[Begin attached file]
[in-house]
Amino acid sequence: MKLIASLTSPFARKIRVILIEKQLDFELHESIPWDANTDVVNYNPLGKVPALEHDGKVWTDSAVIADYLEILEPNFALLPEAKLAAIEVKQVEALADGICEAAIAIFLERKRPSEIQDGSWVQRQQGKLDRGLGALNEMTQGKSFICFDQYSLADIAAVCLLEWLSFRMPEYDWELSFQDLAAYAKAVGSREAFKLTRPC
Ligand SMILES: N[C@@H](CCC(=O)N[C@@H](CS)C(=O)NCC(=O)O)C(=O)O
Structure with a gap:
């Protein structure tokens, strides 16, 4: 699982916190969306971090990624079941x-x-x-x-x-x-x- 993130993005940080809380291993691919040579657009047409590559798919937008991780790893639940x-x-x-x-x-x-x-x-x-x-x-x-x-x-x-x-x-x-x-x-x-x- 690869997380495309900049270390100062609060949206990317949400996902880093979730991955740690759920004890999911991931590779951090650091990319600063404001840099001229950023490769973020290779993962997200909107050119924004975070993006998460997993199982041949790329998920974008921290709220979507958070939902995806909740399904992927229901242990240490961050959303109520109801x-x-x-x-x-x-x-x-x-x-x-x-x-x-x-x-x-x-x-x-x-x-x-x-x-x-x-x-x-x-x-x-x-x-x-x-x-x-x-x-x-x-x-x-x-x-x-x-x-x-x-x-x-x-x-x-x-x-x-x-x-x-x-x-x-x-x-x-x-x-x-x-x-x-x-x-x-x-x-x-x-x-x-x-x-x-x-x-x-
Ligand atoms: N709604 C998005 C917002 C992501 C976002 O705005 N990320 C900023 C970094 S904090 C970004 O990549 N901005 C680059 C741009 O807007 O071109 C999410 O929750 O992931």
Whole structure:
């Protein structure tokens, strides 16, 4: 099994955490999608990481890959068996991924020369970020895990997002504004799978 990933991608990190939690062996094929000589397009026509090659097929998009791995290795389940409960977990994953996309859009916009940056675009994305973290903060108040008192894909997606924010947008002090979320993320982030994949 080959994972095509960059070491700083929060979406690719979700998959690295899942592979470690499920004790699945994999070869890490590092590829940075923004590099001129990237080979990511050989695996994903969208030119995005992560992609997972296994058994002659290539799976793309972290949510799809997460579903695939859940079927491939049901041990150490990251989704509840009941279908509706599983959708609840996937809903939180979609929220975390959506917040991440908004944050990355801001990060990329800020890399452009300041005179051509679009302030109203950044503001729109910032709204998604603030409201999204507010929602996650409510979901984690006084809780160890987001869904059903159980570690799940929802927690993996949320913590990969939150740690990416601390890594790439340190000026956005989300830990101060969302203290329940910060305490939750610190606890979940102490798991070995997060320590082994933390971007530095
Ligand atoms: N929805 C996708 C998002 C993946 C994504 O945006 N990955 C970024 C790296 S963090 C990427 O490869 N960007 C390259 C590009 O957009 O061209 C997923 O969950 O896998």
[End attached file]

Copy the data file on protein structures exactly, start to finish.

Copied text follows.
[in-house]
Amino acid sequence: MKLIASLTSPFARKIRVILIEKQLDFELHESIPWDANTDVVNYNPLGKVPALEHDGKVWTDSAVIADYLEILEPNFALLPEAKLAAIEVKQVEALADGICEAAIAIFLERKRPSEIQDGSWVQRQQGKLDRGLGALNEMTQGKSFICFDQYSLADIAAVCLLEWLSFRMPEYDWELSFQDLAAYAKAVGSREAFKLTRPC
Ligand SMILES: N[C@@H](CCC(=O)N[C@@H](CS)C(=O)NCC(=O)O)C(=O)O
Structure with a gap:
């Protein structure tokens, strides 16, 4: 699982916190969306971090990624079941x-x-x-x-x-x-x- 993130993005940080809380291993691919040579657009047409590559798919937008991780790893639940x-x-x-x-x-x-x-x-x-x-x-x-x-x-x-x-x-x-x-x-x-x- 690869997380495309900049270390100062609060949206990317949400996902880093979730991955740690759920004890999911991931590779951090650091990319600063404001840099001229950023490769973020290779993962997200909107050119924004975070993006998460997993199982041949790329998920974008921290709220979507958070939902995806909740399904992927229901242990240490961050959303109520109801x-x-x-x-x-x-x-x-x-x-x-x-x-x-x-x-x-x-x-x-x-x-x-x-x-x-x-x-x-x-x-x-x-x-x-x-x-x-x-x-x-x-x-x-x-x-x-x-x-x-x-x-x-x-x-x-x-x-x-x-x-x-x-x-x-x-x-x-x-x-x-x-x-x-x-x-x-x-x-x-x-x-x-x-x-x-x-x-x-
Ligand atoms: N709604 C998005 C917002 C992501 C976002 O705005 N990320 C900023 C970094 S904090 C970004 O990549 N901005 C680059 C741009 O807007 O071109 C999410 O929750 O992931």
Whole structure:
């Protein structure tokens, strides 16, 4: 099994955490999608990481890959068996991924020369970020895990997002504004799978 990933991608990190939690062996094929000589397009026509090659097929998009791995290795389940409960977990994953996309859009916009940056675009994305973290903060108040008192894909997606924010947008002090979320993320982030994949 080959994972095509960059070491700083929060979406690719979700998959690295899942592979470690499920004790699945994999070869890490590092590829940075923004590099001129990237080979990511050989695996994903969208030119995005992560992609997972296994058994002659290539799976793309972290949510799809997460579903695939859940079927491939049901041990150490990251989704509840009941279908509706599983959708609840996937809903939180979609929220975390959506917040991440908004944050990355801001990060990329800020890399452009300041005179051509679009302030109203950044503001729109910032709204998604603030409201999204507010929602996650409510979901984690006084809780160890987001869904059903159980570690799940929802927690993996949320913590990969939150740690990416601390890594790439340190000026956005989300830990101060969302203290329940910060305490939750610190606890979940102490798991070995997060320590082994933390971007530095
Ligand atoms: N929805 C996708 C998002 C993946 C994504 O945006 N990955 C970024 C790296 S963090 C990427 O490869 N960007 C390259 C590009 O957009 O061209 C997923 O969950 O896998």